The group of drugs called opioids is in the opiate family, and also stems from the opium poppy plant. These drugs are made from synthetic opium derivatives and are most commonly pain relievers.
Opioid drugs belong to the opiates class of drugs. Opiates are derived from the opium plant, grown in various regions, some of which include Afghanistan, Thailand, Mexico, Northern India, Hungary, Turkey, Laos, Burma and Colombia.
Opioids are synthetic formulations of the original plant material. The majority of opioids come in the form of prescription pain-relief medications. Some of the more commonly known brand name opioid medications include:
Just a few of the street names used for various opioid drugs include:
- Percs (Percodan, Percocet)
- Oxy (OxyContin)
- Juice (Dilaudid)
- Demmies (Demerol)
How Do Opioids Work?
As pain-relief medications or analgesics, opioids work well to relieve various degrees of pain in relatively short periods of time. They do this by binding to already existing opiate receptors located in the brain, central nervous system and gastrointestinal tract. In effect, the drug replaces the body’s natural pain-relief processes by triggering the release of endorphin chemicals throughout the brain and central nervous system. The release of endorphins slows communications between nerve cells, which works to mute or reduce pain sensations in the body. Ultimately, opioids help to increase a person’s overall tolerance for pain.
How Are Opioids Abused?
While opioids do produce an analgesic effect, they also create feelings of euphoria, calm and well-being for the user. It’s these other effects that drive people to abuse opioids.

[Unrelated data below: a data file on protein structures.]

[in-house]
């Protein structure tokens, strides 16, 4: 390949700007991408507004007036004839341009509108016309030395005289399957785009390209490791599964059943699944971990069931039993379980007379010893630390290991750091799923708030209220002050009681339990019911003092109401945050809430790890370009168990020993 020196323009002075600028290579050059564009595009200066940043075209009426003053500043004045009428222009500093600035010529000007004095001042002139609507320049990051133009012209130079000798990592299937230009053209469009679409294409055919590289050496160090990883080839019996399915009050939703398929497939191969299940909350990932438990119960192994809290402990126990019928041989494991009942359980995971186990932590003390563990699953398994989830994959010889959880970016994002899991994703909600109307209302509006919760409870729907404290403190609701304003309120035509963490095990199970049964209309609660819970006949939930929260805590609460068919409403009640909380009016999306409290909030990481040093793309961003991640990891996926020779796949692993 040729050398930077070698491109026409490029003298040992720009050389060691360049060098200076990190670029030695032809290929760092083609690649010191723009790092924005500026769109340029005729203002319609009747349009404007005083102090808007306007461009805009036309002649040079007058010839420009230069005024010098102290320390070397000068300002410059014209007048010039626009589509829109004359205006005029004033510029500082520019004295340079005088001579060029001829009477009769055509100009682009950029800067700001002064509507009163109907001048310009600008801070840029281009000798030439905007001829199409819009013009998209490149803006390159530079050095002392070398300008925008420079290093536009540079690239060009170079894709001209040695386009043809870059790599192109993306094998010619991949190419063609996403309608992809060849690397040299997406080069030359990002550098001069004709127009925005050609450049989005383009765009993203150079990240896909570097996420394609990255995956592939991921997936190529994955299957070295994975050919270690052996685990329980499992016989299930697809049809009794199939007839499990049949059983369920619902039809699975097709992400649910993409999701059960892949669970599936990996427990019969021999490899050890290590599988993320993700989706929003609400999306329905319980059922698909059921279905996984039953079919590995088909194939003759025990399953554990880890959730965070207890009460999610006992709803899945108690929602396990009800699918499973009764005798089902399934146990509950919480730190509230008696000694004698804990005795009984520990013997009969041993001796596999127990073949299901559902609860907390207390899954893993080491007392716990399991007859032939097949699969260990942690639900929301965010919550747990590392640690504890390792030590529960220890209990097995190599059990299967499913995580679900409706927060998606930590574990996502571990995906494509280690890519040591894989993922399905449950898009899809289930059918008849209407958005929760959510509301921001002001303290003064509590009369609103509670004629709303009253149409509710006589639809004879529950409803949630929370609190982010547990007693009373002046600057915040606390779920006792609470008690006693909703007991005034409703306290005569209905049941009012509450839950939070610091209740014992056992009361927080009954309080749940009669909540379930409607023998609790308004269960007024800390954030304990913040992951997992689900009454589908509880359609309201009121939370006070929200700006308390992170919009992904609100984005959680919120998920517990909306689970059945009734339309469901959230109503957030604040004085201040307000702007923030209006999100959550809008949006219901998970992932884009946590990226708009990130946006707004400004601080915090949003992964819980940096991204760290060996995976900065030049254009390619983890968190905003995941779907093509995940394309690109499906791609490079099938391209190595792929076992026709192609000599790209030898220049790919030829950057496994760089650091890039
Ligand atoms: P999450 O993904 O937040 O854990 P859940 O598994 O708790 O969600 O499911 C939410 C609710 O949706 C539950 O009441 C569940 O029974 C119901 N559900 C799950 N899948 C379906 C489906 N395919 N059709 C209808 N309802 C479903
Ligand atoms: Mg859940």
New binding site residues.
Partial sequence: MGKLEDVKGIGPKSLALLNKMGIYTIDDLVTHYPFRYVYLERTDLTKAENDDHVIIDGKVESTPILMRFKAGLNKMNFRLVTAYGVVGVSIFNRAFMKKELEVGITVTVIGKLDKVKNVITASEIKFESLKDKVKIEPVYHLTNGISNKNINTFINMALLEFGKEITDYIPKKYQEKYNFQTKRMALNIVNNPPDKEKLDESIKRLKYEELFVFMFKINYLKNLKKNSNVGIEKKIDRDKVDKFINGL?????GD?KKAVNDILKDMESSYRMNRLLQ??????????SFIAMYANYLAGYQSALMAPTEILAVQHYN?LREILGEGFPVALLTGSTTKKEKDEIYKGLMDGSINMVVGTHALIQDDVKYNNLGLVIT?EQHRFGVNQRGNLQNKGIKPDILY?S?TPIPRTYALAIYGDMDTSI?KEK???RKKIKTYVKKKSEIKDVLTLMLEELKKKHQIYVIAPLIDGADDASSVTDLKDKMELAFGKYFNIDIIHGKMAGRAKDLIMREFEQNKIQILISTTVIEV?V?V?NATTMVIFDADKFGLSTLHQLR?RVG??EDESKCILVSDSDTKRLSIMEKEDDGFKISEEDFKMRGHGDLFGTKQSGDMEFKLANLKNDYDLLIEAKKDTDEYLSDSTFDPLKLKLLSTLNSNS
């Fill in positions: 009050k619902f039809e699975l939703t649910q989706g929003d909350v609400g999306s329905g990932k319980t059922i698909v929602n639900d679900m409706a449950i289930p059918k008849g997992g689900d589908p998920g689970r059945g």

Opioid abuse can take many different forms. Prescription pills can be taken as is, while some pill types may be crushed up and snorted. Opioids can also be injected in the veins and under the skin. This entails combining the powdered form with additives, such as baking soda and “cooking” the mixture into a liquid form.
The analgesic effects of opioids on opiate receptors in the brain, central nervous system and gastrointestinal tract create a wide range of reactions throughout the body. As analgesics work to slow down normal bodily functions, this primary effect takes place in different ways in different parts of the body.
The most common opioid-induced reactions include:
- Cough suppression – the drug suppresses a person’s cough reflex center, located in the brain. As a cough suppressant, many cough syrup medicines contain opioids like codeine.
- Sedation and drowsiness – slowed brain processes bring on feelings of drowsiness, which is why drug labels warn against driving or operating heavy machinery when taking an opioid.
- Constipation – this results from opioid analgesic effects on the gastrointestinal tract.
- Low blood-oxygen levels – slowed respiration functions results in low levels of oxygen in the bloodstream
- Slowed breathing processes – drug effects actually suppress respiratory functions when low blood-oxygen levels are present. This condition also gives way to high carbon dioxide levels in the blood, which can potentially lead to hypoventilation or an inability to catch your breath.